17 May 2012
I just speed-read my way through Dave Eggers' Zeitoun, and honestly, once I started it, I couldn't put the damn book down! Zeitoun is a work of non-fiction based on the true story of the events that occurred to Abdulrahman Zeitoun before, during, and after Hurricane Katrina in September of 2004. Before reading this book, I will be honest: when I hear the words "Hurricane Katrina" two things come to mind - Kanye West's telling statement on a live national television broadcast and my own experience gutting houses in the Lower 9th Ward nearly two years after the hurricane struck.
I picked up this book, initially drawn to it by the cover - how strange, a man paddling in a canoe through a neighborhood. Then came the name. Names like this have been imprinted into our national subconscious - as Americans living in the post 9/11 world, it has been ingrained in us to suspect names like this and people who look a certain way. And it is unfortunate. How funny and strange that what drew me to this book was the way it looked and its title. The very things I try not to be aware of, I try not to make judgments of, are seeping into the way in which I consume things, including literature! But rest assured, I bought the book not just out of curiosity. I bought it because the proceeds go to the Zeitoun Foundation to help rebuild the community of New Orleans, a place I will always hold dear to my heart. And I bought it because after meeting Dave Eggers and Achek Deng of What is the What, I grew to trust him as an author and as a person trying to do good through his gift of writing.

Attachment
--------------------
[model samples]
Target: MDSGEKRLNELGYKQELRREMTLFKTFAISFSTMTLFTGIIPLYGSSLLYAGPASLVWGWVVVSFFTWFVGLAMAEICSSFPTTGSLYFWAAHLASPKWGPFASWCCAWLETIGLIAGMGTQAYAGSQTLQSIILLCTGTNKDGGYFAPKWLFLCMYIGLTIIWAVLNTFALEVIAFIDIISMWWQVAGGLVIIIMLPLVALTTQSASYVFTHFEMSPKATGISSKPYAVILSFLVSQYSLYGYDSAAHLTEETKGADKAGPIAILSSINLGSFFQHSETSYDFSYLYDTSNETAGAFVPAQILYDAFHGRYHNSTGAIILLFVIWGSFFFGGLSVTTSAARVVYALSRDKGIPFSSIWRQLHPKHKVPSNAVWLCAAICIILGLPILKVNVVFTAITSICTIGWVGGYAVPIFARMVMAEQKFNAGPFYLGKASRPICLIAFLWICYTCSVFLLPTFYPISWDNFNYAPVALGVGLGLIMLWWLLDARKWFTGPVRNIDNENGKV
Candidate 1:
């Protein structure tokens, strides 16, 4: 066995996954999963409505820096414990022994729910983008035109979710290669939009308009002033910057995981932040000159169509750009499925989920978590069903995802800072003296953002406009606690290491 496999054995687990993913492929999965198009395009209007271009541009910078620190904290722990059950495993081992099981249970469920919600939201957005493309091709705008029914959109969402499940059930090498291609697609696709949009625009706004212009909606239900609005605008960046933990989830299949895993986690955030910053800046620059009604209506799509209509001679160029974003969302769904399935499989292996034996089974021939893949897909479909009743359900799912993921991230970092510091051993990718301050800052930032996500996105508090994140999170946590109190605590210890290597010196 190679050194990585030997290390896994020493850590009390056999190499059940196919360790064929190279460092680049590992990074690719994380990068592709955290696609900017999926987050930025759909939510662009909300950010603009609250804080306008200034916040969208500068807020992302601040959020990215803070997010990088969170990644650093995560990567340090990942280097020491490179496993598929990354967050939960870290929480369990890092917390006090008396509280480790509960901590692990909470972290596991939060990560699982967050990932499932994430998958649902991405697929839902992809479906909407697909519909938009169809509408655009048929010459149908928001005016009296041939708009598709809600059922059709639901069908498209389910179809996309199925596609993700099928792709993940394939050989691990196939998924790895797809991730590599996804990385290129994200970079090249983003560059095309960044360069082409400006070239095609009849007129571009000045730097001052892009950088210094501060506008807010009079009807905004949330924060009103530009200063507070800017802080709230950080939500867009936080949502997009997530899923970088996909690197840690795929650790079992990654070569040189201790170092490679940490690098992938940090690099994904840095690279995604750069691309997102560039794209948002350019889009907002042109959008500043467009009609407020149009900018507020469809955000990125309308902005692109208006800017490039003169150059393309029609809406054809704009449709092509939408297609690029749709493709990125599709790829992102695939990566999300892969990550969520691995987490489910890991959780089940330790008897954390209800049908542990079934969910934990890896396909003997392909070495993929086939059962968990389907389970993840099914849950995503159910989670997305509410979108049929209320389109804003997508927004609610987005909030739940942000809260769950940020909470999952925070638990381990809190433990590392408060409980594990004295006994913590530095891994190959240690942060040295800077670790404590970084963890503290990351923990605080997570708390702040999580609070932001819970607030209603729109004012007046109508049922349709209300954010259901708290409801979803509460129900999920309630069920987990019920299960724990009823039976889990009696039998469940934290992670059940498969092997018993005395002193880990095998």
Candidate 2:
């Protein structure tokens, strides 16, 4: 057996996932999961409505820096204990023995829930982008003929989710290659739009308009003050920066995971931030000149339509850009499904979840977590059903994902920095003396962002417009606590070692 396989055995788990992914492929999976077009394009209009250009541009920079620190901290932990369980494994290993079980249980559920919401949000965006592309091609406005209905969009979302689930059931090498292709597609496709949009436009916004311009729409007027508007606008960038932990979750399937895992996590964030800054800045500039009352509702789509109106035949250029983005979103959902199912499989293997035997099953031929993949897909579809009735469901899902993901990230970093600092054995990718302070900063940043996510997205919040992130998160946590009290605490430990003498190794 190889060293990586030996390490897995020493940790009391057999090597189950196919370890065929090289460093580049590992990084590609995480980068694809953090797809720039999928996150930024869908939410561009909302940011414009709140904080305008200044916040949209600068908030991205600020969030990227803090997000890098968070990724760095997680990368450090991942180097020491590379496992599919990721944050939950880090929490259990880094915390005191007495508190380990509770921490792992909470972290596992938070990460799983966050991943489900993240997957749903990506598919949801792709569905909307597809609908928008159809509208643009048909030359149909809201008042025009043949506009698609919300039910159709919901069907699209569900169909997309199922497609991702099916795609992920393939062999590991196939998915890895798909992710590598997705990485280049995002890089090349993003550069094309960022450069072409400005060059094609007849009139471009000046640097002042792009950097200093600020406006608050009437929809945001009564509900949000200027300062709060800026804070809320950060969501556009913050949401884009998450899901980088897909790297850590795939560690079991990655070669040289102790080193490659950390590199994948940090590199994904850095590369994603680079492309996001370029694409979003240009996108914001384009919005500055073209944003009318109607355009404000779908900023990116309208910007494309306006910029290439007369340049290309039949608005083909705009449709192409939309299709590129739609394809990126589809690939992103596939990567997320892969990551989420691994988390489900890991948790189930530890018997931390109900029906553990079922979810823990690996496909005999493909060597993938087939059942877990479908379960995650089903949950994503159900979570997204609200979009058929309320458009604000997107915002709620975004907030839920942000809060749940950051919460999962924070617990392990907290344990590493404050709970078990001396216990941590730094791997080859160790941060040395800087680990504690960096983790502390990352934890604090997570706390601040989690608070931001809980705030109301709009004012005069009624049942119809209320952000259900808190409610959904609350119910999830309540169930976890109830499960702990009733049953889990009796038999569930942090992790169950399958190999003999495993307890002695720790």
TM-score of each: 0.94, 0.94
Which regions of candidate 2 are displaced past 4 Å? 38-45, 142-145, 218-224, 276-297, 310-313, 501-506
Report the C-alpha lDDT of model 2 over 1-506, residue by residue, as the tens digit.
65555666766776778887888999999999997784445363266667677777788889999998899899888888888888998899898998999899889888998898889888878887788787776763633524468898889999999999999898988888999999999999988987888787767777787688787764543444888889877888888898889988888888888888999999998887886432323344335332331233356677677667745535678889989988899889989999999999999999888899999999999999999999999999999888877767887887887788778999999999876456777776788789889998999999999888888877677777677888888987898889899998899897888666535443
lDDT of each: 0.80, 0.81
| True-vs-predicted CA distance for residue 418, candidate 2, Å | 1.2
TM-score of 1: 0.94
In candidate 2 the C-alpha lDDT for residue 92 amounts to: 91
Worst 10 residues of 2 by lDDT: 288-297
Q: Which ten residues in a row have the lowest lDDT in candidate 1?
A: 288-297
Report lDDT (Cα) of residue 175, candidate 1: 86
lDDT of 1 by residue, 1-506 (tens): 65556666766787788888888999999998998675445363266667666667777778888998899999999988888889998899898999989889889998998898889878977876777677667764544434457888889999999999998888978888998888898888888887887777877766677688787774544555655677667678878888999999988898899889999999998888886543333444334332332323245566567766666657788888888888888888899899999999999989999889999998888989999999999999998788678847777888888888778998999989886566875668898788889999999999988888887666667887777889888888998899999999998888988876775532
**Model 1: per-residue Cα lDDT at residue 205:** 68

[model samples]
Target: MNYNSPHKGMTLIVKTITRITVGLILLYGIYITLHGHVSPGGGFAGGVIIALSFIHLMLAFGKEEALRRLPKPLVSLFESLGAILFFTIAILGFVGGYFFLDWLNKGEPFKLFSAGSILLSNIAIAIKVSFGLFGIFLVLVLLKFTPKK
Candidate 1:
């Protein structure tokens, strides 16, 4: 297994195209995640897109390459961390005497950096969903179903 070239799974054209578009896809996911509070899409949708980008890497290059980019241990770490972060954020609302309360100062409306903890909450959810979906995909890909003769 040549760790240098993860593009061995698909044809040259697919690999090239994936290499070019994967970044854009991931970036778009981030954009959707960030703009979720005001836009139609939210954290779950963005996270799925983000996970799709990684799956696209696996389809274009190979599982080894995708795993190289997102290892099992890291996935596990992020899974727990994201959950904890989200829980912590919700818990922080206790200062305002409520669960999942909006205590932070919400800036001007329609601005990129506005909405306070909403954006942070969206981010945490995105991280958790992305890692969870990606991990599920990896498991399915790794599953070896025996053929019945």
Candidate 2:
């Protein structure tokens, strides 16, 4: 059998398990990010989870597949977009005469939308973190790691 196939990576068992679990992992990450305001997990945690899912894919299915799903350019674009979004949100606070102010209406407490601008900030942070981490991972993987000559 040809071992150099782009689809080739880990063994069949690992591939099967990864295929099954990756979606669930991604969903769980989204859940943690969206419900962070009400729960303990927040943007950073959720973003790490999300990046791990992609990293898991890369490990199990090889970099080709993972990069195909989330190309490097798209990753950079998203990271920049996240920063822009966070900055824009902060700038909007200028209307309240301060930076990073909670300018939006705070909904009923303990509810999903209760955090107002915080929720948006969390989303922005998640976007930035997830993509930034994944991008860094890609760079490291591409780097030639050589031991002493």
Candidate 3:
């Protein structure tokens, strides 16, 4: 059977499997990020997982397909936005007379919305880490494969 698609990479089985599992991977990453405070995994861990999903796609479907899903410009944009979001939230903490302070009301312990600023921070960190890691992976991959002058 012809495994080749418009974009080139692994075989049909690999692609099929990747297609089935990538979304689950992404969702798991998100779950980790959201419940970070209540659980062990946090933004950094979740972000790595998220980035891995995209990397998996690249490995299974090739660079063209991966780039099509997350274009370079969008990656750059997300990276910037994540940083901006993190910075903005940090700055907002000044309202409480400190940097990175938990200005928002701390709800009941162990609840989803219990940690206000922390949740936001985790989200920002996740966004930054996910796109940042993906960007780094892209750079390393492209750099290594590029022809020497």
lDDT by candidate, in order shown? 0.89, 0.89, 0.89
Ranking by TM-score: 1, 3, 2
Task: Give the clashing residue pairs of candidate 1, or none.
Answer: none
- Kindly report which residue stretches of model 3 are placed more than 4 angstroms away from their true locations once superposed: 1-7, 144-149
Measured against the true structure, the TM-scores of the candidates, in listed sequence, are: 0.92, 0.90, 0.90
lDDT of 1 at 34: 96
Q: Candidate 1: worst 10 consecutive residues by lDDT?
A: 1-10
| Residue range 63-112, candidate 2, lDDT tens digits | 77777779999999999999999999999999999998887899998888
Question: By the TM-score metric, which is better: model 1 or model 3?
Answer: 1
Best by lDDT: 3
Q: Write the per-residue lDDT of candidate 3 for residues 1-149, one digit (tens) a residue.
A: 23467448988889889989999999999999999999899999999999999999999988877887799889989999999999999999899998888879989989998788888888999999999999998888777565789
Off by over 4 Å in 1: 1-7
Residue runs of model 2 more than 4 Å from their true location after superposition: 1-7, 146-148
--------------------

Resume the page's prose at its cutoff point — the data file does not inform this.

I read this book quickly and aptly because it was good. It was informative, it was honest, it was structured beautifully, and it made me feel like I was a part of something I did not know existed. I knew some of the aftermath of Katrina, and I was generally angry about the overall response of our government and FEMA - but to know that a man (among many others) was picked up due to racial profiling, and kept in an ill-fitting maximum security prison, when so many people were in dire need of help... it just got me. I felt angry and helpless and empowered all at once while reading this. I felt better for becoming aware of this, but so saddened by what happened to Zeitoun and his family. I think everyone should read this book, if not just to support the Zeitoun Foundation, but to gain a truly unique picture of what happened in the days and months following Katrina. To know another piece of the puzzle of what happened.